Prime Minister Vladimir Putin on Thursday backed spending on creating conditions for ecological tourism in Russia's national parks after hearing that U.S. parks earn $14.5 billion a year.
Putin agreed for the federal budget to allocate at least 5 billion rubles ($160 million) over the next five years to build accommodations, restaurants and other things necessary to attract tourists to the parks.
Environment and Natural Resources Minister Yury Trutnev, whose ministry sponsors the plan, said the budget would recoup the spending when people flock to national parks and nature reserves to explore the country's "most beautiful places.” He mentioned that Americans pay $14.5 billion per year to visit their national parks.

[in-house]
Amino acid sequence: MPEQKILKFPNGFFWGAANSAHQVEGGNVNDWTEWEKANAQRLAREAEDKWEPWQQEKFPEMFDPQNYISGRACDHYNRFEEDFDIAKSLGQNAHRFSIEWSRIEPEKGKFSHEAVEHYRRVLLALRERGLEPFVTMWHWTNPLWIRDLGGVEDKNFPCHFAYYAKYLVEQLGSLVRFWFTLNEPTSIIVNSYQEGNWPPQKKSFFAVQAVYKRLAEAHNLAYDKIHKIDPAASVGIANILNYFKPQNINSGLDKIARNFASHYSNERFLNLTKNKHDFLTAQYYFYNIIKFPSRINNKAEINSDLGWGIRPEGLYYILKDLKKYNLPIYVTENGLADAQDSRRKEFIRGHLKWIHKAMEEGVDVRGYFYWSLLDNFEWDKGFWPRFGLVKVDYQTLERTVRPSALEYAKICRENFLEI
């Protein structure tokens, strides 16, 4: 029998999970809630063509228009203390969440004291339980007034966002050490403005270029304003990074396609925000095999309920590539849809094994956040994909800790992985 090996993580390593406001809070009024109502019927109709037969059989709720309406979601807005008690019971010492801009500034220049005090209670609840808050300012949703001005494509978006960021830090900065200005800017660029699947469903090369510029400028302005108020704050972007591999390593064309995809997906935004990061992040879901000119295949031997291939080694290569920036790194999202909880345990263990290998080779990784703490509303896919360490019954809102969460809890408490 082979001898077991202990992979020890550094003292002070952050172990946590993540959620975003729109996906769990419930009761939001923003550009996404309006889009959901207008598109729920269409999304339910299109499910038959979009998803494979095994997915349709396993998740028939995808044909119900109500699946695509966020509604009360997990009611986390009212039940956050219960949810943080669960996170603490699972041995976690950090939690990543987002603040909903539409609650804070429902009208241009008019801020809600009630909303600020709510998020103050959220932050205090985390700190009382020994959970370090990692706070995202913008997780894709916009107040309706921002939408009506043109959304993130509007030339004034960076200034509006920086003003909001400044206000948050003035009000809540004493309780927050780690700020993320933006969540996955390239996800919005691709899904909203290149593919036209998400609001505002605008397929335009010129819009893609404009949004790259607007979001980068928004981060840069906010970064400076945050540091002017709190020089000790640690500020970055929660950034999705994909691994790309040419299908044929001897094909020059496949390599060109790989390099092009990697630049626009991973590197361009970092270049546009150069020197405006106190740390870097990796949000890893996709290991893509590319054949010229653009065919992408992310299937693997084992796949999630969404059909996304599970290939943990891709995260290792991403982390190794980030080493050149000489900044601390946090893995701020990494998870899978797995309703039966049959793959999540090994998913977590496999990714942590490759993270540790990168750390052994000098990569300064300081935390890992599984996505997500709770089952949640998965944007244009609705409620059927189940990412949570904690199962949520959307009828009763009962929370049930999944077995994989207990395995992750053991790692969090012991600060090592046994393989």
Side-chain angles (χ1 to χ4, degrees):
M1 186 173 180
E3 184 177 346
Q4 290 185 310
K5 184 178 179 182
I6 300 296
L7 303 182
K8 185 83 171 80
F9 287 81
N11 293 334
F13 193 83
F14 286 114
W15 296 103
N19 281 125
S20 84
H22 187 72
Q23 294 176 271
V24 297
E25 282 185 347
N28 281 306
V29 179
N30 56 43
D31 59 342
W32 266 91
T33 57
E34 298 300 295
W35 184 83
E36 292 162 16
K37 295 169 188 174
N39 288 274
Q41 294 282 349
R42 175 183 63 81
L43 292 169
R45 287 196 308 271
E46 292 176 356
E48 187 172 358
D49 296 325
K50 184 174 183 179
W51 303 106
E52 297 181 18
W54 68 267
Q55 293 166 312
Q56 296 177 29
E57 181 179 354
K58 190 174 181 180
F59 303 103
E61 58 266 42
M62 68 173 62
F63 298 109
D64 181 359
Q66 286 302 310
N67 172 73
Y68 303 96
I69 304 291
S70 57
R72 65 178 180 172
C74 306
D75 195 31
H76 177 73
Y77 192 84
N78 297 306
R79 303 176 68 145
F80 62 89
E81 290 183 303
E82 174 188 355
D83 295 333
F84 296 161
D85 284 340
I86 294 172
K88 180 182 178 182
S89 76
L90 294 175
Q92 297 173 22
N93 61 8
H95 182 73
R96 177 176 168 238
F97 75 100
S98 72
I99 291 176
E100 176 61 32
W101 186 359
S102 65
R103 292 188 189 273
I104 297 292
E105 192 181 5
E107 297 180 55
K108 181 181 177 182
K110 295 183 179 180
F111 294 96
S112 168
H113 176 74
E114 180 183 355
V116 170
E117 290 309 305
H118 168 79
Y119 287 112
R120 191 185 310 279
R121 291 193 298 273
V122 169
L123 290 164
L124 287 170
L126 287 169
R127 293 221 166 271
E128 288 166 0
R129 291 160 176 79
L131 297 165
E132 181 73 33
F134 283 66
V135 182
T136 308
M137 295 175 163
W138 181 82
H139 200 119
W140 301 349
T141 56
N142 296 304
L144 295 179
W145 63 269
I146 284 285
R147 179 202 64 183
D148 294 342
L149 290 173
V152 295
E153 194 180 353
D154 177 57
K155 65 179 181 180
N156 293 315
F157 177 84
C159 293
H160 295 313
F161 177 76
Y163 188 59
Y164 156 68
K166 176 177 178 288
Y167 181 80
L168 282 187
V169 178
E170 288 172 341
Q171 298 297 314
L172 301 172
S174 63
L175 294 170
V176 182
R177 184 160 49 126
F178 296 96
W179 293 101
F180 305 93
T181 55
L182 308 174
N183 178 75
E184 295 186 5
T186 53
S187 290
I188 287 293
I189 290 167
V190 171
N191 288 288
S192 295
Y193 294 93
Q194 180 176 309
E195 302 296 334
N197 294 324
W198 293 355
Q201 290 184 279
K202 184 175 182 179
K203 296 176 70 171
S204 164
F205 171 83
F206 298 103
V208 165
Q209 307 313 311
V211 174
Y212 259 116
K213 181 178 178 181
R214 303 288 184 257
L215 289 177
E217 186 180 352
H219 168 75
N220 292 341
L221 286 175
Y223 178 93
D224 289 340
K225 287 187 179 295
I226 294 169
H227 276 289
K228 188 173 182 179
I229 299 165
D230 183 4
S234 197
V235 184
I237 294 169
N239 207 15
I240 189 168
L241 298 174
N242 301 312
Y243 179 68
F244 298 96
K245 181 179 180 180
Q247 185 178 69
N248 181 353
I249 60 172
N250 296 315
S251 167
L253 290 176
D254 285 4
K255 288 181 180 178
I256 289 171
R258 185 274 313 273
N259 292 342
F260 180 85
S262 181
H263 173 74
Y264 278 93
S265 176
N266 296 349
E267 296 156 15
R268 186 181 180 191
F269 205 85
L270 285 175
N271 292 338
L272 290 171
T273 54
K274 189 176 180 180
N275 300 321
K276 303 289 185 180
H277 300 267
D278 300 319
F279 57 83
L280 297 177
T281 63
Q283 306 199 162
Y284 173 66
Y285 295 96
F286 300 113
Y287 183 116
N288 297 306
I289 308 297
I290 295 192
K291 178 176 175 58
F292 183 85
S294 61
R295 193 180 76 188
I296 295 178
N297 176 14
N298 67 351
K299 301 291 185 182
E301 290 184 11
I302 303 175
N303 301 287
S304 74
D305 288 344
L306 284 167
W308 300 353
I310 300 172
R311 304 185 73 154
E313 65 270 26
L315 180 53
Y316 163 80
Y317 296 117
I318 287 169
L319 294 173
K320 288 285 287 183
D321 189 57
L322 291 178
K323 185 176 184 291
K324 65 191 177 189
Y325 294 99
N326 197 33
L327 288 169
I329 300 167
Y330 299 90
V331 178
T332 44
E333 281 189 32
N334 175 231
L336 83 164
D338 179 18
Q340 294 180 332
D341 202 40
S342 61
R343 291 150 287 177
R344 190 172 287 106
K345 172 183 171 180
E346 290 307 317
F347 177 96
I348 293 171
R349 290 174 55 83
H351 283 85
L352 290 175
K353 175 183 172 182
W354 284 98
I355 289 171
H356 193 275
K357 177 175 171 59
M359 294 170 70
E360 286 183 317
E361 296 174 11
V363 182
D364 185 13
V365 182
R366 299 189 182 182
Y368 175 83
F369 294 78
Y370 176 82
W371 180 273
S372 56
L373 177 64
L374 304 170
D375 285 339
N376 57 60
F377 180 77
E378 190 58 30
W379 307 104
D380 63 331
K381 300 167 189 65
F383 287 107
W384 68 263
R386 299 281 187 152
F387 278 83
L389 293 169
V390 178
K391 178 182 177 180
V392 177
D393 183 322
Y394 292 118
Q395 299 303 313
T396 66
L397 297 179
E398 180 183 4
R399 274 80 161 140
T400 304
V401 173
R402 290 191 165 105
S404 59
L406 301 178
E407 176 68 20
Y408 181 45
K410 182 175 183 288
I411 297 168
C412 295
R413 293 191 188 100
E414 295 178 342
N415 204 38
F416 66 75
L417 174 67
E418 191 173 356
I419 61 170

U.S.-based Yellowstone National Park, which is home to more than 500 geysers, the majority of geysers in the world, receives 2 million visitors every year, Trutnev said. In Russia, Kamchatka's Valley of Geysers, the world's second largest concentration of the hot springs, with about 90, attracts 3,000 tourists a year, he said.
Putin also suggested that the Cabinet ask the State Duma to amend the legislation on national parks to allow for more tourism as soon as this fall.
Russia has a total of 211 national parks and nature reserves, but they now largely exist to prevent any economic activity in the areas, Trutnev said.
“The function of environmental education and tourism is carried out insufficiently,” he said.